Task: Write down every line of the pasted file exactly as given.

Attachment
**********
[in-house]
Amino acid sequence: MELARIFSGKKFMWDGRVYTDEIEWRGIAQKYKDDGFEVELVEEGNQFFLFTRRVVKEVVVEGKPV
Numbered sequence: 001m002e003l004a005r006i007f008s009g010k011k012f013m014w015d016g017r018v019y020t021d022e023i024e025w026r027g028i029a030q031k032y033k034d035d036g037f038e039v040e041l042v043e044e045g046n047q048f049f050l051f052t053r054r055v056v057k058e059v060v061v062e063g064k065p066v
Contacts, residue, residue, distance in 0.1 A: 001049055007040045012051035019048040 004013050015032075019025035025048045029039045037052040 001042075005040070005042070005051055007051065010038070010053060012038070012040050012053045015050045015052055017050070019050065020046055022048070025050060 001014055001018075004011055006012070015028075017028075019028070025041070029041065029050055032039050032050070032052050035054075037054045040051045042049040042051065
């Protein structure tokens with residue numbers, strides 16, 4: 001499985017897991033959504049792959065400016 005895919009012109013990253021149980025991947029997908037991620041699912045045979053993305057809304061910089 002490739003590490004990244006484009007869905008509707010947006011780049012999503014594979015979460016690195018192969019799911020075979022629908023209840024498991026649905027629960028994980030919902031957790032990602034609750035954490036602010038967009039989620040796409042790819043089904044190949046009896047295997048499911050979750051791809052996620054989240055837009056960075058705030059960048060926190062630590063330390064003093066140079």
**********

[in-house]
Amino acid sequence: MELARIFSGKKFMWDGRVYTDEIEWRGIAQKYKDDGFEVELVEEGNQFFLFTRRVVKEVVVEGKPV
Numbered sequence: 001m002e003l004a005r006i007f008s009g010k011k012f013m014w015d016g017r018v019y020t021d022e023i024e025w026r027g028i029a030q031k032y033k034d035d036g037f038e039v040e041l042v043e044e045g046n047q048f049f050l051f052t053r054r055v056v057k058e059v060v061v062e063g064k065p066v
Contacts, residue, residue, distance in 0.1 A: 001049055007040045012051035019048040 004013050015032075019025035025048045029039045037052040 001042075005040070005042070005051055007051065010038070010053060012038070012040050012053045015050045015052055017050070019050065020046055022048070025050060 001014055001018075004011055006012070015028075017028075019028070025041070029041065029050055032039050032050070032052050035054075037054045040051045042049040042051065
């Protein structure tokens with residue numbers, strides 16, 4: 001499985017897991033959504049792959065400016 005895919009012109013990253021149980025991947029997908037991620041699912045045979053993305057809304061910089 002490739003590490004990244006484009007869905008509707010947006011780049012999503014594979015979460016690195018192969019799911020075979022629908023209840024498991026649905027629960028994980030919902031957790032990602034609750035954490036602010038967009039989620040796409042790819043089904044190949046009896047295997048499911050979750051791809052996620054989240055837009056960075058705030059960048060926190062630590063330390064003093066140079």